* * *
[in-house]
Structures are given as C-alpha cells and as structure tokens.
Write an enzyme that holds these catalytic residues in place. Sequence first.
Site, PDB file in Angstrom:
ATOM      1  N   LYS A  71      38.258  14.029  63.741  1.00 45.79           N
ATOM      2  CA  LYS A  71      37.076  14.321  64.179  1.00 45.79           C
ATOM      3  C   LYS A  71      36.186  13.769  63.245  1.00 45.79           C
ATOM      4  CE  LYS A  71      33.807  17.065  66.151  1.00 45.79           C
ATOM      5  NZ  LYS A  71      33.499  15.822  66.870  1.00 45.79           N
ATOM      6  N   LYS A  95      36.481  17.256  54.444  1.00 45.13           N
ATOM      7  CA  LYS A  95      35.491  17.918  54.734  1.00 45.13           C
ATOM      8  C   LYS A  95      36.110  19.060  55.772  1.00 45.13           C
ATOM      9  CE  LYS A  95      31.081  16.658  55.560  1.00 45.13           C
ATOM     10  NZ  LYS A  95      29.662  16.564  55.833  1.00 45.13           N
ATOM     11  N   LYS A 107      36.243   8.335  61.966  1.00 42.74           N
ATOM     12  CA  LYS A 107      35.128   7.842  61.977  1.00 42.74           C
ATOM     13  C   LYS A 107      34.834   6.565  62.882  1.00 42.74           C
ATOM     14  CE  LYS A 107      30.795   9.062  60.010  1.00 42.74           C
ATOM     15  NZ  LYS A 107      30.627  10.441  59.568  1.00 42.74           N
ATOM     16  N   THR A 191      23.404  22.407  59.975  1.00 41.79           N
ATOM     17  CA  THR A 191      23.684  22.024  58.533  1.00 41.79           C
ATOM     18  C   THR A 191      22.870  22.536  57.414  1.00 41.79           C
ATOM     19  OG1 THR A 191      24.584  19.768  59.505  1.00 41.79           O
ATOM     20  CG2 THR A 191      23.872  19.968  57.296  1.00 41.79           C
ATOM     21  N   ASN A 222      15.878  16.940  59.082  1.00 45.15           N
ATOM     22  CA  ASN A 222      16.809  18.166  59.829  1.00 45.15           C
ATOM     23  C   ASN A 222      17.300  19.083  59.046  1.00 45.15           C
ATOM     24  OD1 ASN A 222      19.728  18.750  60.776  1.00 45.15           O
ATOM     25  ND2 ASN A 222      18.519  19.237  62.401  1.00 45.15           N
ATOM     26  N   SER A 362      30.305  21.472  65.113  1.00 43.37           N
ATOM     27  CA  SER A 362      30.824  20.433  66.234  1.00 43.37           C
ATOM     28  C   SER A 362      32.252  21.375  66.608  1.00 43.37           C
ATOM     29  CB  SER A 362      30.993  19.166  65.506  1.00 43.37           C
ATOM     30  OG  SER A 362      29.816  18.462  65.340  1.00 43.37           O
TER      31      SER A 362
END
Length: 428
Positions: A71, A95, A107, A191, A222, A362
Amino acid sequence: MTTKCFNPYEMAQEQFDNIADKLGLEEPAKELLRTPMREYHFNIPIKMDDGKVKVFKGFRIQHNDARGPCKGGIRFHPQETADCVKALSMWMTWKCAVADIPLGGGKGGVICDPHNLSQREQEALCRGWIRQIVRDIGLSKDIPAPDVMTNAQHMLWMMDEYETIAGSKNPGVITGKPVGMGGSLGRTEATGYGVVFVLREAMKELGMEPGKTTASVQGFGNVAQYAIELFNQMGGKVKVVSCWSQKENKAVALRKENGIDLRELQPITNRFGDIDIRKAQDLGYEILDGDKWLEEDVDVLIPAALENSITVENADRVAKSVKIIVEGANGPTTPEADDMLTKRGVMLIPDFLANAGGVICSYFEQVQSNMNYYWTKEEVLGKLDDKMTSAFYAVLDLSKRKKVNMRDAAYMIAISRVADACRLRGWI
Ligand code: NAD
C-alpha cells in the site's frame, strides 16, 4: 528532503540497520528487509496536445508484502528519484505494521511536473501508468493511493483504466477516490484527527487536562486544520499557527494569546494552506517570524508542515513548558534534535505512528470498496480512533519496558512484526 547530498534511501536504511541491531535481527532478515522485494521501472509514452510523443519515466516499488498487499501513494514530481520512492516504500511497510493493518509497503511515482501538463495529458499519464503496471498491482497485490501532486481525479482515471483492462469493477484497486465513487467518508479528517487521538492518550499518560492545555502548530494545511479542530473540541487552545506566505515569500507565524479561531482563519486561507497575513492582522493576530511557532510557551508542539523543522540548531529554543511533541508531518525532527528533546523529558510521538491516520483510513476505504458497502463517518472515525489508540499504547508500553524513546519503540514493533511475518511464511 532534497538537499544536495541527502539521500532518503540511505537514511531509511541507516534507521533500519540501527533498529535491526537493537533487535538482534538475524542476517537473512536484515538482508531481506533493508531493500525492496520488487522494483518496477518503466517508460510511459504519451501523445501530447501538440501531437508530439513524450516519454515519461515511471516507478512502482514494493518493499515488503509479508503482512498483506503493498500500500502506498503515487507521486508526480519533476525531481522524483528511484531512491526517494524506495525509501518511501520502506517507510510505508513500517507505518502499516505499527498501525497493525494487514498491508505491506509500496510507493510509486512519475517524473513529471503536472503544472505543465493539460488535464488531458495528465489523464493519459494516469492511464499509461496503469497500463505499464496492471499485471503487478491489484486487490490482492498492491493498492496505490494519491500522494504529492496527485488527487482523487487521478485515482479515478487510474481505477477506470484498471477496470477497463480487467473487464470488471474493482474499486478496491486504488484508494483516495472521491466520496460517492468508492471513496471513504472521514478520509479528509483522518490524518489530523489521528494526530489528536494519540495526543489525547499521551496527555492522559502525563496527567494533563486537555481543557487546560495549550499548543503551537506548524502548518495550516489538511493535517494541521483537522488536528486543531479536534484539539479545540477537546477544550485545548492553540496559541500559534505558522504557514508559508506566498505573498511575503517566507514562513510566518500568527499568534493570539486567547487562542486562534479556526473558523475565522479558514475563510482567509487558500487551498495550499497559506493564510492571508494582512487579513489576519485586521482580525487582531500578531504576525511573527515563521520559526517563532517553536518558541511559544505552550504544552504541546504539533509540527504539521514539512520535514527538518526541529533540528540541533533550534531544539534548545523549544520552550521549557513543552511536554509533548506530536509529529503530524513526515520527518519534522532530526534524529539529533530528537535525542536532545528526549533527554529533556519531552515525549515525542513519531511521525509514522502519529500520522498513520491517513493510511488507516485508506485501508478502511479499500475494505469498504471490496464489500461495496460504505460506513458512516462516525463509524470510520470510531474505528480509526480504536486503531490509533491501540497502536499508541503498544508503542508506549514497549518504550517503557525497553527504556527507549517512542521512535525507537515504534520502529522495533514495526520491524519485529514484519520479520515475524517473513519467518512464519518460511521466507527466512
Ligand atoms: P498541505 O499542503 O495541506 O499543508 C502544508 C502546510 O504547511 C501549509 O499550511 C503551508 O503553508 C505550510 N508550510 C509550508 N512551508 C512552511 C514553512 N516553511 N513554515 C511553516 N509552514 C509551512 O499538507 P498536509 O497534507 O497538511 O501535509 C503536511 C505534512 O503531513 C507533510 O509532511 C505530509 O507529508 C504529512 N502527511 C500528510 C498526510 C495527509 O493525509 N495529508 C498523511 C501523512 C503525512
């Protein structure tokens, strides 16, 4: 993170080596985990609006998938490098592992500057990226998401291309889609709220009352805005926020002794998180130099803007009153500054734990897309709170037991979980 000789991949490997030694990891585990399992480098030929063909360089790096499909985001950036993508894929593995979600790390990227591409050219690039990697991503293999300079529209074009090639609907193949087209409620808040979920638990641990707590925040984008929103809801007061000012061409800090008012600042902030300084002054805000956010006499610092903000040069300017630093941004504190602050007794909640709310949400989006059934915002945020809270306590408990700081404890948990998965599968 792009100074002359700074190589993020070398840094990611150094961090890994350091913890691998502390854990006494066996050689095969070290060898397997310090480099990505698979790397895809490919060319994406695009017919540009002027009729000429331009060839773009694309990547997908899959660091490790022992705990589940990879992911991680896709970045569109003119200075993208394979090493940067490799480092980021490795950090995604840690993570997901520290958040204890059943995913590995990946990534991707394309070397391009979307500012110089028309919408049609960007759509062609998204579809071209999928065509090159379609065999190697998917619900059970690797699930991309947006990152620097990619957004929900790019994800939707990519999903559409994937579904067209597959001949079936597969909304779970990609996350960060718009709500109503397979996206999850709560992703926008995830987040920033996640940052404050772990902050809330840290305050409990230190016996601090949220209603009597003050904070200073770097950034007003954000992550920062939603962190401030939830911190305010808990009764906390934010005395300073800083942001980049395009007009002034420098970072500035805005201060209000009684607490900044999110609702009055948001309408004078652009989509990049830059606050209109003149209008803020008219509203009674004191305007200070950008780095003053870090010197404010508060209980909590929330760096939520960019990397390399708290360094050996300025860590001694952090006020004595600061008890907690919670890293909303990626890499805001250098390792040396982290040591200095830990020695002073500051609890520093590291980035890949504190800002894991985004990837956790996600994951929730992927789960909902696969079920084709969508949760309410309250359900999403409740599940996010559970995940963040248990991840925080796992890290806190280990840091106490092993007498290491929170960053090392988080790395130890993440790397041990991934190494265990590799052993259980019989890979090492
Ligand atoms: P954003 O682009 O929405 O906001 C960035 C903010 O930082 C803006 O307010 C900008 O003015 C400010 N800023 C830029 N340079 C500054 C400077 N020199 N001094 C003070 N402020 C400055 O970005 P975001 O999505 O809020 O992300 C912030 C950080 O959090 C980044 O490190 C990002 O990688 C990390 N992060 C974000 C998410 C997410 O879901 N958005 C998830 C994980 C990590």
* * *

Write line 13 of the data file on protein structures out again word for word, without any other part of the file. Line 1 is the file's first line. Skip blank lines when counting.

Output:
ATOM      9  CE  LYS A  95      31.081  16.658  55.560  1.00 45.13           C